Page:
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What is IPv6? – Definition, Functions, Types, And More
Definitions

What is IPv6? – Definition, Functions, Types, And More

Definition Internet Protocol IPv6

IPv6 is the latest edition of the Internet Protocol, the communications protocol that provides an identification and location system for computers on networks and routes traffic across the Internet.

IPv6 (Internet Protocol version 6) is the latest version of the Internet Protocol. It is a communication protocol that provides an identification and location system for computers or devices on networks and routes traffic through the Internet. This version of the Internet Protocol is a set of specifications from the Internet Engineering Task Force that is an updated version of IPv4. Since it is the latest version, it is useful to identify different devices on the Internet. IPv6 is also referred to as the “Next Generation Internet” because it expands capabilities, and the growth of IPv6 will allow current development to go through more recent and modern large-scale deployments.

This version uses 128 bits, unlike IPv4, which only uses 32 bits for the IP address.

Essential Similar Characteristics between IPv6 and IPv4

Different devices currently use IPv6 as the source and the destination address for passing packets across a network, and tools such as pinging for network testing such as what users also do with IPv4 with minimal variations. [2] IPv6 has been working for years to address IPv4 address failures and drops.

Also read: What is Plagiarism? – Definition, Origin, Types, And More

Functionality

The latest IPv6 version uses a unique feature called auto configuration; it is to find and assign the IP address settings to the hosts on the network. It is like DHCPv6, and it can also be stateless. This unique feature helps in such a way that it allows different devices on a network to address themselves with a link-local unicast address. It is a common idea that each device on an Ethernet network has an interface address.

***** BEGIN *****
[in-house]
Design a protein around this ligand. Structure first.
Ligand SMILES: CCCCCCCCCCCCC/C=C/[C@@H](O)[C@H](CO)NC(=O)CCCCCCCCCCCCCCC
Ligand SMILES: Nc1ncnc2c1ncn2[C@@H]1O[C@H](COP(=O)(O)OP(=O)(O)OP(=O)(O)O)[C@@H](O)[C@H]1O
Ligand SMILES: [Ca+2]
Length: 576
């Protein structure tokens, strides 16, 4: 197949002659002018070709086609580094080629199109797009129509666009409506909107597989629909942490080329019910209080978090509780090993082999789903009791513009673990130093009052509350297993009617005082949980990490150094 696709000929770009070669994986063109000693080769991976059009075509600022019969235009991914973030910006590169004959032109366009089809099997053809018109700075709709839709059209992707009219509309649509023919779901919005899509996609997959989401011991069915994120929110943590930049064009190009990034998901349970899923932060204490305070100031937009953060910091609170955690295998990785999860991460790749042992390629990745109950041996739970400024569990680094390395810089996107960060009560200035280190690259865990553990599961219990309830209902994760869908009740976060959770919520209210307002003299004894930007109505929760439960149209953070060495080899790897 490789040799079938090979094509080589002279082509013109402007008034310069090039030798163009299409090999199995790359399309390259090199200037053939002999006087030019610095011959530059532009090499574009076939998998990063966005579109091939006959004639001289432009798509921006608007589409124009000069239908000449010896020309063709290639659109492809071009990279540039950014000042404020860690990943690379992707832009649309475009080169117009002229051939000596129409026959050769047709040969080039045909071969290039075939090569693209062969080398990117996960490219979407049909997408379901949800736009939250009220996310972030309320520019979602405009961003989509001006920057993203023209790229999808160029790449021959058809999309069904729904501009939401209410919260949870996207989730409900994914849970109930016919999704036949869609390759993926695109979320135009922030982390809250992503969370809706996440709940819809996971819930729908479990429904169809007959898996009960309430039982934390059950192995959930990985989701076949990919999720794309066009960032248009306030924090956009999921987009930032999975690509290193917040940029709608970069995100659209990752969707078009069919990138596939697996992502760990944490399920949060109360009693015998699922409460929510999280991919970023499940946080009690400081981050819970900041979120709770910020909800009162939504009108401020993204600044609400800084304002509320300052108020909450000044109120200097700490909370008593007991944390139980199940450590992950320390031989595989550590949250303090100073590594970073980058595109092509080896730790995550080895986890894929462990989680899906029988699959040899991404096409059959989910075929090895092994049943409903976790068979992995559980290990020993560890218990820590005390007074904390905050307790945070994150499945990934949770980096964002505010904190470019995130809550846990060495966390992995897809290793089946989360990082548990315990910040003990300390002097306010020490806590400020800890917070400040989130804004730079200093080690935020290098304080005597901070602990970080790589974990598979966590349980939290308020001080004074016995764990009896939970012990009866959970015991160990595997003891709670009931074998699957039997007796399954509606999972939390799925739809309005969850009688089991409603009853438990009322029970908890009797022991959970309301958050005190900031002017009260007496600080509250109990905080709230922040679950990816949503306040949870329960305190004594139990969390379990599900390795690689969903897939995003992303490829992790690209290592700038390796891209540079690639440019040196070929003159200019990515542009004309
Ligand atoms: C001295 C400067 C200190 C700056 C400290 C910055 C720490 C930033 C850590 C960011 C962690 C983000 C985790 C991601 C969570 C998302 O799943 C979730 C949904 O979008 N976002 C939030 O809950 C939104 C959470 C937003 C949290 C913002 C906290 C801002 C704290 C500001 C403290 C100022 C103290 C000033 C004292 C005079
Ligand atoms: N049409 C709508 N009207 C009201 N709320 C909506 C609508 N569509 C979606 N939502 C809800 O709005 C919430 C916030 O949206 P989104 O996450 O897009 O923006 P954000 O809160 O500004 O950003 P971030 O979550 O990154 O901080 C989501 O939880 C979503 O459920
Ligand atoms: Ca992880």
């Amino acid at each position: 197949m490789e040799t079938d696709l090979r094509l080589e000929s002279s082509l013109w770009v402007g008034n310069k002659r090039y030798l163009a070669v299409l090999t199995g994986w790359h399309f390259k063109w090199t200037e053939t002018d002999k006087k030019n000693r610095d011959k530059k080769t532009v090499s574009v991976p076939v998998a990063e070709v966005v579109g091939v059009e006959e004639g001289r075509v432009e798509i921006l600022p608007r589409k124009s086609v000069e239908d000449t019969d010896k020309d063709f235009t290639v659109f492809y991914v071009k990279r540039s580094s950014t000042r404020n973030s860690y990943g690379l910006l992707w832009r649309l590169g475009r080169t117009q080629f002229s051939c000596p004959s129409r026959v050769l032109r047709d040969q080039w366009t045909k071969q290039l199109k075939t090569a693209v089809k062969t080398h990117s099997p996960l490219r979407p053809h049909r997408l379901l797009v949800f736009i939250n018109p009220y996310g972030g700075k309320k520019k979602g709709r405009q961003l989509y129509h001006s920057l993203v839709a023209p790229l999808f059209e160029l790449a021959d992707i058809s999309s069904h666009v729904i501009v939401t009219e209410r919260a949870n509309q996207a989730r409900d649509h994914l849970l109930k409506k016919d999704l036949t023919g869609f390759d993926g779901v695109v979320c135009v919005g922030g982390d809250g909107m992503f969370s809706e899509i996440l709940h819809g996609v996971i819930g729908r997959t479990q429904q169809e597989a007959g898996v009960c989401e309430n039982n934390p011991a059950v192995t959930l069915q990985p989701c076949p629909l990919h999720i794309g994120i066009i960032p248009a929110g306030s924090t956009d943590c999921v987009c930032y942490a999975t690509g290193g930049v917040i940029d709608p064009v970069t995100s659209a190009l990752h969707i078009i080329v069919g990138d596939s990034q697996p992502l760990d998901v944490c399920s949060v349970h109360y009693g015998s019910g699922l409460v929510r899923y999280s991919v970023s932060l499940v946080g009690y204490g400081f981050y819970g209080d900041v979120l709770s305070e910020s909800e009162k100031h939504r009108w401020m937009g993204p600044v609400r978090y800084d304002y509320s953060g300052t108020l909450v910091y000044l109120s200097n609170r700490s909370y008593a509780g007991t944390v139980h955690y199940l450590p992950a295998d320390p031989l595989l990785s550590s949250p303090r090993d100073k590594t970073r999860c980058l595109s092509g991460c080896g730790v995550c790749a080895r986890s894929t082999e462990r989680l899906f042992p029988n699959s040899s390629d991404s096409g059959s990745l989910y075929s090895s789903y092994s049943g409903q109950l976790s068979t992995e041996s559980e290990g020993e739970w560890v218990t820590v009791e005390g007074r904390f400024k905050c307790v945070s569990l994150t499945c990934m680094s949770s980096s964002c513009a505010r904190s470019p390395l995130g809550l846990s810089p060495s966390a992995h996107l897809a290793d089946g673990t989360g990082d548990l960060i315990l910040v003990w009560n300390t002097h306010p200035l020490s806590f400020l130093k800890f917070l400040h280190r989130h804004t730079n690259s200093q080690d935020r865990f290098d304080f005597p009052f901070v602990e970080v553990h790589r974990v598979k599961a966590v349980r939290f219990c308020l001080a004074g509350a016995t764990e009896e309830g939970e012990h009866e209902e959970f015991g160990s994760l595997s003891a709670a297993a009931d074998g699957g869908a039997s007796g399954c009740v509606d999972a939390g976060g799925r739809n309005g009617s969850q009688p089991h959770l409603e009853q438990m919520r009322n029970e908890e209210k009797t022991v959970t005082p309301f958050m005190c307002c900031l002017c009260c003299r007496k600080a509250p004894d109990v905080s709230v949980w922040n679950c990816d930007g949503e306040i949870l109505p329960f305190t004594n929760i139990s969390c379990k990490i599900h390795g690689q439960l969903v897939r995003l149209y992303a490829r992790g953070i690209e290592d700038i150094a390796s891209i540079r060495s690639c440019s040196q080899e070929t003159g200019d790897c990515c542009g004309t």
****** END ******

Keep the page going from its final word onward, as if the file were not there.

The process begins with the network router that gets the network device, the prefix interface address, or the physical address of the Mac. It continues by adding your prefix interface address. Remember, at all times, that the IPv6 address is 64 bits long, and the Mac address is 48 bits. Therefore, there are 16 additional bits, and these 16 extra bits will add in the center of the mac address with the FFFE to complete the auto-configuration function of the IPv6 address of the Ethernet device. Therefore, IPv6 has got well equipped with enhanced features and unlimited opportunities, unlike IPv4.

Types of IPv6 addresses

Global Unicast address

Global Unicast address is globally unique on the Internet; it is similar to public IPv4 addresses. It can route on the Internet and has two parts:

the address format is the same as an IPv6 anycast address assigned by the Internet Number Assignment Authority (IANA).

Unique local address

This address is similar in purpose to the private IPv4 address; it can get using within a company on multiple sites. You cannot route it on the public Internet. This address is the substitution of the local address of the site, which allows communication within site; at the same time, we can route it to several local networks.

Unicast address

It refers to the one-to-one IPv6 address; the packet address to a unicast address meant for a single interface.

Anycast

It is similar to a multicast address, with only a slight difference. It is used to route packets destined for multiple interfaces but sends packets to the first interface that it will find as defined in the routing distance.

Local link address

This address refers to a private address that cannot get routed on the Internet. This type of IPv6 address can be used locally by private or temporary local area networks (LANs) to share and distribute files among different devices on the LAN.

Multicast address

It refers to many. With this type, packets get delivered to all interfaces that will be identified by the multicast address.

Also read: What is Wireframe? – Definition, Uses, Examples, And More

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